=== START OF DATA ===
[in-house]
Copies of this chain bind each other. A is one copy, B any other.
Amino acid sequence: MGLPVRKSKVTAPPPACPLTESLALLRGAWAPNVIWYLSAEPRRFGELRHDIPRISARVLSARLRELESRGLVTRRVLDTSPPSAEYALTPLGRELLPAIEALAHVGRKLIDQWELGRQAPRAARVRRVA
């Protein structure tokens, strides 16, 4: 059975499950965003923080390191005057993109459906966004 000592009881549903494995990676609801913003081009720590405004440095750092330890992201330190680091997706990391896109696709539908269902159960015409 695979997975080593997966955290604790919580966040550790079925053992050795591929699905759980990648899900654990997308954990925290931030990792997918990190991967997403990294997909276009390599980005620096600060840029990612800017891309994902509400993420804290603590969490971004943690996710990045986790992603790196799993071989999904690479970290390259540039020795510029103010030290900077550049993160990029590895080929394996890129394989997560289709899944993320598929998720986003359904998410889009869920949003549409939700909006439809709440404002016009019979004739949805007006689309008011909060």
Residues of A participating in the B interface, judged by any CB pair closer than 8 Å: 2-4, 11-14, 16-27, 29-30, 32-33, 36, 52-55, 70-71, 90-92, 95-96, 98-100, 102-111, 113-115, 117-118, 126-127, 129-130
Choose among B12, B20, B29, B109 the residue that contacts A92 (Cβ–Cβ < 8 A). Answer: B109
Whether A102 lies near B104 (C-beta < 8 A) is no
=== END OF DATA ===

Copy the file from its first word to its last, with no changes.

[in-house]
Copies of this chain bind each other. A is one copy, B any other.
Amino acid sequence: MGLPVRKSKVTAPPPACPLTESLALLRGAWAPNVIWYLSAEPRRFGELRHDIPRISARVLSARLRELESRGLVTRRVLDTSPPSAEYALTPLGRELLPAIEALAHVGRKLIDQWELGRQAPRAARVRRVA
């Protein structure tokens, strides 16, 4: 059975499950965003923080390191005057993109459906966004 000592009881549903494995990676609801913003081009720590405004440095750092330890992201330190680091997706990391896109696709539908269902159960015409 695979997975080593997966955290604790919580966040550790079925053992050795591929699905759980990648899900654990997308954990925290931030990792997918990190991967997403990294997909276009390599980005620096600060840029990612800017891309994902509400993420804290603590969490971004943690996710990045986790992603790196799993071989999904690479970290390259540039020795510029103010030290900077550049993160990029590895080929394996890129394989997560289709899944993320598929998720986003359904998410889009869920949003549409939700909006439809709440404002016009019979004739949805007006689309008011909060």
Residues of A participating in the B interface, judged by any CB pair closer than 8 Å: 2-4, 11-14, 16-27, 29-30, 32-33, 36, 52-55, 70-71, 90-92, 95-96, 98-100, 102-111, 113-115, 117-118, 126-127, 129-130
Choose among B12, B20, B29, B109 the residue that contacts A92 (Cβ–Cβ < 8 A). Answer: B109
Whether A102 lies near B104 (C-beta < 8 A) is no